In an announcement by Qualcomm Datacenter Technologies, inc a new subscription service for cloud-based gaming for mobile devices will be delivered by Qualcomm and Hatch Entertainment, a subsidiary of Rovio Entertainment, in a collaboration between the two companies.
The service will be playable on servers based on Qualcomm Centric™ 2400 – the worlds first 10nm server processor.
“The Qualcomm Centriq 2400 server processor was purpose built for cloud to deliver exceptional performance-per-watt and performance-per-dollar,” said Vishal Gupta, vice president of business development at Qualcomm Datacenter Technologies. “We bring high compute density and energy efficiency with Qualcomm Centriq 2400 to help drive Hatch’s innovative cloud game streaming solution.”
The new service will utilize Hatch Entertainment’s innovative online streaming delivery model will be combined with Qualcomm’s server technology to deliver the service.
The service will will allow mobile gamers to experience full-featured games running at 60 frames per second, optimized for low-latency gaming performance over mobile data networks.
Despite the power of the servers and technology behind the service, gaming through this service will require less than half of the bandwidth required for video-based game streaming solutions.
Qualcomm’s Centriq 2400 will offer a 48 core processor that will help Hatch Entertainment provide a large number of game instances per server.
Hatch will offer gamers high-quality gaming experiences in the cloud, while developers will be able to more easily afford and create multi-multi-synchronus multiplayer games.
The service will work well for gamers wanting to free up space on their phones and will facilitate competitive gamers and family’s and friends who want to collaborate in-game on their mobile devices.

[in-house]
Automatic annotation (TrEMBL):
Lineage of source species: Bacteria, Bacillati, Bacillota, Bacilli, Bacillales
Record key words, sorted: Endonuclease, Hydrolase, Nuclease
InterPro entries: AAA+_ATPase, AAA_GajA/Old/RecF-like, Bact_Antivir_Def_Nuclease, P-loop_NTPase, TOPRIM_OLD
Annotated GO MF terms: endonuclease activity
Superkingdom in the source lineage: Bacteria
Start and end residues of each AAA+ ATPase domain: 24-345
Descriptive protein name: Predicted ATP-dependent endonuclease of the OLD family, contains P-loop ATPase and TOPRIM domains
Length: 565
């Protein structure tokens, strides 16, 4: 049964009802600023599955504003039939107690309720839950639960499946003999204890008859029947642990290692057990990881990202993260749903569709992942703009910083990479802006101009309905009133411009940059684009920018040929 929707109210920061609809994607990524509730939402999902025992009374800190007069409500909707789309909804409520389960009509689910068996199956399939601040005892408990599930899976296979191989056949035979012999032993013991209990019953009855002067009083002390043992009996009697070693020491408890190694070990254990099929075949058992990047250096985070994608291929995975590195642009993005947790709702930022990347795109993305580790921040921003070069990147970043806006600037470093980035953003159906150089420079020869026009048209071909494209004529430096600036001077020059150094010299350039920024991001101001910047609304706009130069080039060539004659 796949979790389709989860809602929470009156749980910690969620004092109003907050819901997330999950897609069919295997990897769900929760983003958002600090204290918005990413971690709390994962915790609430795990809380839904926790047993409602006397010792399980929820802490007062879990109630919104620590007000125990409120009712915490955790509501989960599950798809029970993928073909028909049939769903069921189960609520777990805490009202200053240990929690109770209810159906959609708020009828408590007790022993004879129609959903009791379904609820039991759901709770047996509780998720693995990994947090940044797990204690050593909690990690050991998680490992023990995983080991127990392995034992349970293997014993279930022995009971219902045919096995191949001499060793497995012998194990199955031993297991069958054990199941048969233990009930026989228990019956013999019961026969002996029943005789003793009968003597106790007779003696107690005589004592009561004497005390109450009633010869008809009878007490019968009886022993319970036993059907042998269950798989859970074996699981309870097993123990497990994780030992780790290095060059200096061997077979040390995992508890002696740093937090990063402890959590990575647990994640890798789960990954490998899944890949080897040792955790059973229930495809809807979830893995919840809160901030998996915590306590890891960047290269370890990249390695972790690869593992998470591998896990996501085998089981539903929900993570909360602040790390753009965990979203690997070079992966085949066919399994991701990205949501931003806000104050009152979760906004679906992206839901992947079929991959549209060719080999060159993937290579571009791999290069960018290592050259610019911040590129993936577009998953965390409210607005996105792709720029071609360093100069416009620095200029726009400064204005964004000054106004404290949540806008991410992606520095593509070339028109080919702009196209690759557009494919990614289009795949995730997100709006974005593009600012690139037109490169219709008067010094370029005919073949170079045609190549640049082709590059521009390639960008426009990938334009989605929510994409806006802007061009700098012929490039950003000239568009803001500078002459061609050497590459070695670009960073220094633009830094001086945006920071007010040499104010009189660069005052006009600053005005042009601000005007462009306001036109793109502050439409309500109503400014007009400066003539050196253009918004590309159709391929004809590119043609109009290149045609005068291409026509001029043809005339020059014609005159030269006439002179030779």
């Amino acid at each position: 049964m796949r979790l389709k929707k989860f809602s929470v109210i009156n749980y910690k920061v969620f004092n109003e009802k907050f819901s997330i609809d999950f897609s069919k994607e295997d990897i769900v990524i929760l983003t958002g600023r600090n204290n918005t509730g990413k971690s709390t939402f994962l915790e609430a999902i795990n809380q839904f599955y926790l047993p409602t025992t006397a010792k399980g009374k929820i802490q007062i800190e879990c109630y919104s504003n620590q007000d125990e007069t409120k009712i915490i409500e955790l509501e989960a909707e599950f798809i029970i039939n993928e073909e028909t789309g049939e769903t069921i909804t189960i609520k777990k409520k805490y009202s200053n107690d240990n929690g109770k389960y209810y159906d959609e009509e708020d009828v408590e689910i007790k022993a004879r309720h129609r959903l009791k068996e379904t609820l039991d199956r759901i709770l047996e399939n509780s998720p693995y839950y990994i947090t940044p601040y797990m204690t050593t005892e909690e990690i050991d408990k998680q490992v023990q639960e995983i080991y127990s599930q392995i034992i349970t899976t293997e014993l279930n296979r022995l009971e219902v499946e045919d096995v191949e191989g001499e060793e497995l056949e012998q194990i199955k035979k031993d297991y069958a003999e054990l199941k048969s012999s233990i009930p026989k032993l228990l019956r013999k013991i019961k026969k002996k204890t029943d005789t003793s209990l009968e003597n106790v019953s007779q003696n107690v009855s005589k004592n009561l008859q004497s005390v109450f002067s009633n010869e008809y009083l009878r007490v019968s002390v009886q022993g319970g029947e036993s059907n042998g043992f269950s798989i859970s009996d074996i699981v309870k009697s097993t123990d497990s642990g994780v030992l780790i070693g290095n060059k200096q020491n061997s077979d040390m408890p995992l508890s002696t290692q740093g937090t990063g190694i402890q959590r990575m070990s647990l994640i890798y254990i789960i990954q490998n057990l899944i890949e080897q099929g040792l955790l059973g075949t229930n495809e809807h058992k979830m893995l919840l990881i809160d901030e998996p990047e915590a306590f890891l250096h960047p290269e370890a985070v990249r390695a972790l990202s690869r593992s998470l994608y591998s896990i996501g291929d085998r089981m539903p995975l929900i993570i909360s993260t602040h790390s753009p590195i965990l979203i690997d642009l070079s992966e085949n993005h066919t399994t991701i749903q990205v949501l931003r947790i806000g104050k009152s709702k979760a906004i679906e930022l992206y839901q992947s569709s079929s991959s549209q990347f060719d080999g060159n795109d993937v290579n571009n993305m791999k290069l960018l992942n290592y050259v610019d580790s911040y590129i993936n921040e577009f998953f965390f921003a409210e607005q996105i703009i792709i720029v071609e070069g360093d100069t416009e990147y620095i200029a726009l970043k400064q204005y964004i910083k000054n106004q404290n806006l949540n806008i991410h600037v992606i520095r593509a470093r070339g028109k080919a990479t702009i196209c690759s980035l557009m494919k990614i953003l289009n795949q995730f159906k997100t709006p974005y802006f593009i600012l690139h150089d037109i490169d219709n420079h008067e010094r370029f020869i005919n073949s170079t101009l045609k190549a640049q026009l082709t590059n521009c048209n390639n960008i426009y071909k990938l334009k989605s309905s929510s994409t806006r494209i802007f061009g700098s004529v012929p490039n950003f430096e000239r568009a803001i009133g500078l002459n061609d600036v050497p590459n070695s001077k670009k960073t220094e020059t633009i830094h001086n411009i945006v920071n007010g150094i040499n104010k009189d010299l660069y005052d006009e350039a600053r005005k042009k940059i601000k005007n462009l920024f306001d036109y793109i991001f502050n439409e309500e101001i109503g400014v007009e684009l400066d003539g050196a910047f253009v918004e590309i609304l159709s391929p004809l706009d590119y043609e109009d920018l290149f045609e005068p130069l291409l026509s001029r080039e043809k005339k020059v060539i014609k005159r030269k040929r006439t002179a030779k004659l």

Our vision is to let people discover, play and share great games instantly and in real-time, bringing people together over games they love,” said Juhani Honkala, founder and chief executive officer, Hatch Entertainment. “Our collaboration with Qualcomm Datacenter Technologies is a significant leap forward in advancing our existing gaming technology and platform, which offers users a fun and completely new kind of gaming experience on mobile.”
Hatch Entertainment will showcase the new service in the Qualcomm Booth at the Mobile World Congress in Barcelona Feb. 26.
Imagine, a player loads up a game called The Elder Scrolls: Skyrim for the first time and after a short stint being greeted by flames and smoke in an area not far off, you are greeted by an expansive land of snow and ice.
It’s not that easy to describe, however, the player is greeted by more than the land before them, they are greeted by the animals weaving in and out of trees, curiously afraid of the armored figure. They are greeted by the wailing snowy wind, and the distant roar of a dragon, sat atop a mountain in the distance, and they are greeted by an atmosphere that they are free to explore in its entirety.
It is this atmosphere that make games what they are, even when players don’t realize it.
The sounds and sights of the world players engross themselves in is what makes players stay. It is captivating and when done well, it can alter the players mind in ways that can induce fear, wonder, and amazement.